Date: Fri, 21 May 1999 07:09:49 +0100
From: Willard McCarty <email@example.com>
Subject: what we do all this for
Recently I put a talk of mine online, at
<http://ilex.cc.kcl.ac.uk/wlm/essays/know/> -- yet another attempt to deal
with humanities computing and where it fits into our schemes of things.
Shortly thereafter I received an "outburst" from one of us,
vigorously objecting to my silence on important work along one of the lines
I follow there and to the obvious ignorance that resulted. I realised then
that the essay had been taken as intentionally definitive rather than as an
attempt to define and so to provoke commentary such as that very outburst.
There are several reasons, I suppose, why such misunderstandings happen.
The thing *looks* finished, for one -- I do try not to produce messy HTML,
but sometimes I would really like a rusticating function that would make it
visually obvious how tentative a document is. (Some people intentionally
make typos, then add corrections to the printed copy before circulating it;
alas, HTML does not allow for that sophistication.) For another thing, our
scholarship, I suppose, isn't conversational enough yet to allow for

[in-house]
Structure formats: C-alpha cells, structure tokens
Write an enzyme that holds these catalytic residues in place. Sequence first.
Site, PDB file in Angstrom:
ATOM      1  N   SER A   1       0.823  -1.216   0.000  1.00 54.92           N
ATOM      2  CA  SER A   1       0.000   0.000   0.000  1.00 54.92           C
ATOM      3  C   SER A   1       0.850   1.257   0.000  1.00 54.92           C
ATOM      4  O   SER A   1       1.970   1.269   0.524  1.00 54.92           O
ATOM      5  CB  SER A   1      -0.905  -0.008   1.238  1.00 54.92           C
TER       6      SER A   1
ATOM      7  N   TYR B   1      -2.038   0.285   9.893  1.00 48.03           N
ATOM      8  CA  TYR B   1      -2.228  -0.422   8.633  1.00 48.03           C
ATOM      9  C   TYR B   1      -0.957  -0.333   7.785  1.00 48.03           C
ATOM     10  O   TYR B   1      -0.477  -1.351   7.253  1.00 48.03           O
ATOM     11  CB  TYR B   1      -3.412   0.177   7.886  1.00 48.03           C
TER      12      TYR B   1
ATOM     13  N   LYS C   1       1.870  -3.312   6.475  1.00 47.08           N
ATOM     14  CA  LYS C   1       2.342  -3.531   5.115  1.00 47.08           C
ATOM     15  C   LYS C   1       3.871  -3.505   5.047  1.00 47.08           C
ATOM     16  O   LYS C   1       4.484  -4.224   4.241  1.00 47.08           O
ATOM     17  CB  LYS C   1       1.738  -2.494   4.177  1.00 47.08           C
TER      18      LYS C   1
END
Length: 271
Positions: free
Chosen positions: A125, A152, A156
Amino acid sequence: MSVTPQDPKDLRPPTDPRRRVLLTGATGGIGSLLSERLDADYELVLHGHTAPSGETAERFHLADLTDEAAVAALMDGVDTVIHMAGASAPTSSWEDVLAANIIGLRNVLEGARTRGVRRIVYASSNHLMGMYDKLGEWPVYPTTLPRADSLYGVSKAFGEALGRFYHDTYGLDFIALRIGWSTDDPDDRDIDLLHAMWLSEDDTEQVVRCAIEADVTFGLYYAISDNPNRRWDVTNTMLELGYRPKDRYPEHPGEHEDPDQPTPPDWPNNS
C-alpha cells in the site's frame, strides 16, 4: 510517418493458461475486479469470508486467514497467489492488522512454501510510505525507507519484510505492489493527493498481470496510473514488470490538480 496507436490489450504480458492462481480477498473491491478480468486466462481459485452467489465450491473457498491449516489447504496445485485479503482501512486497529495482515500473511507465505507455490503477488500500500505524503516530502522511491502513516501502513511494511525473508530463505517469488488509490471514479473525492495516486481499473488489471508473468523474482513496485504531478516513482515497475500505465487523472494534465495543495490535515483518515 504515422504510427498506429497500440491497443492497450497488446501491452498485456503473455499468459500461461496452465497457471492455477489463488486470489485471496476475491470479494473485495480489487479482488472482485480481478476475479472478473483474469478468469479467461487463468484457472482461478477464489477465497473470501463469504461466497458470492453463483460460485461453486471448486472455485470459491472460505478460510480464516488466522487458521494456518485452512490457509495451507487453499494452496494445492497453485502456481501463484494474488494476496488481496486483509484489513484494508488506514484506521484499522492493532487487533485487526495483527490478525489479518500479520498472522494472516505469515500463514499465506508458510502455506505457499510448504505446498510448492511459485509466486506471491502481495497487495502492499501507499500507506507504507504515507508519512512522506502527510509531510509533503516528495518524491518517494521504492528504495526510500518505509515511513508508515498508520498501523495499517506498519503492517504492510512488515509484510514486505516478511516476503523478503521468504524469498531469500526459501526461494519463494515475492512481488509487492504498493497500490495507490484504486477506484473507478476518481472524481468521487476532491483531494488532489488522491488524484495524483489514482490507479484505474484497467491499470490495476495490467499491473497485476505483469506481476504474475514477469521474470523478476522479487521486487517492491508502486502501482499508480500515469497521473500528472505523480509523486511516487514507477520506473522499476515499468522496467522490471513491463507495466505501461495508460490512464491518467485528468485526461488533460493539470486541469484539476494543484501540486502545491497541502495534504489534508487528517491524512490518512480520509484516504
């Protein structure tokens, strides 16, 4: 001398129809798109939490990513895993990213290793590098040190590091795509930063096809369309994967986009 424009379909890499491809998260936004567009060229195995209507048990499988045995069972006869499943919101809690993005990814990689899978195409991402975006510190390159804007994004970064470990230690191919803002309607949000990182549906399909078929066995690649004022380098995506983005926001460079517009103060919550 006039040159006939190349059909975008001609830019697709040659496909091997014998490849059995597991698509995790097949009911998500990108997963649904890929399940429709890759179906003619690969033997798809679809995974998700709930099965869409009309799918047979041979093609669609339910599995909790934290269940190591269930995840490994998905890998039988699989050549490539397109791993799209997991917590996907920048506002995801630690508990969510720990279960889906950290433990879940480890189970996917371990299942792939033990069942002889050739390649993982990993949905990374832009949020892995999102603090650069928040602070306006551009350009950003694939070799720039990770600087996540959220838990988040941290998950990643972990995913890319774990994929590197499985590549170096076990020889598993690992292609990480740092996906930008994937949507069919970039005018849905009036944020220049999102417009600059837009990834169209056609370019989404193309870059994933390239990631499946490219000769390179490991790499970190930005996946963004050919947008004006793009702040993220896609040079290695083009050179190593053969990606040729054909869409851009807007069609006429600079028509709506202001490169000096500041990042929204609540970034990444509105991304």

deliberate provocation in quite that way. Then, too, there are always
cultural differences as well as differences of personal style.
I recall being in a face-to-face seminar once, on Milton, led by Northrop
Frye. At the first meeting it was clear to me that we students were all
frightened stiff by the presence of such a fellow and the prospect of
confronting him once a week for a whole year. I (as scared as anyone, I
suppose) remember sitting there and thinking, if I say anything at all, my
ignorance and foolishness will be immediately obvious, but if I say nothing
I won't learn much, so I'll talk anyway. So I asked him a question, can't
remember what. Then started a conversation that lasted the whole year, the
most powerful experience I've ever had in a classroom. I thought better,
faster, clearer than I had ever thought before; it was utterly exhilirating!
So, thanks to Reed College, where I first learned the value of mouthing off
among smart people, and to Northrop Frye, sine qua non, I make bold here to
tickle the tiger again and see if I cannot get a better or just different
roar than my own. To advance our field it seems to me that we need to fit
together all the wisdom we have, make something coherent out of the
aggregate. To do that, we need to have that wisdom to hand. My hope was AND
IS to coax it out into this open forum so that we can all take a look.
Humanist Discussion Group
Information at <http://www.kcl.ac.uk/humanities/cch/humanist/>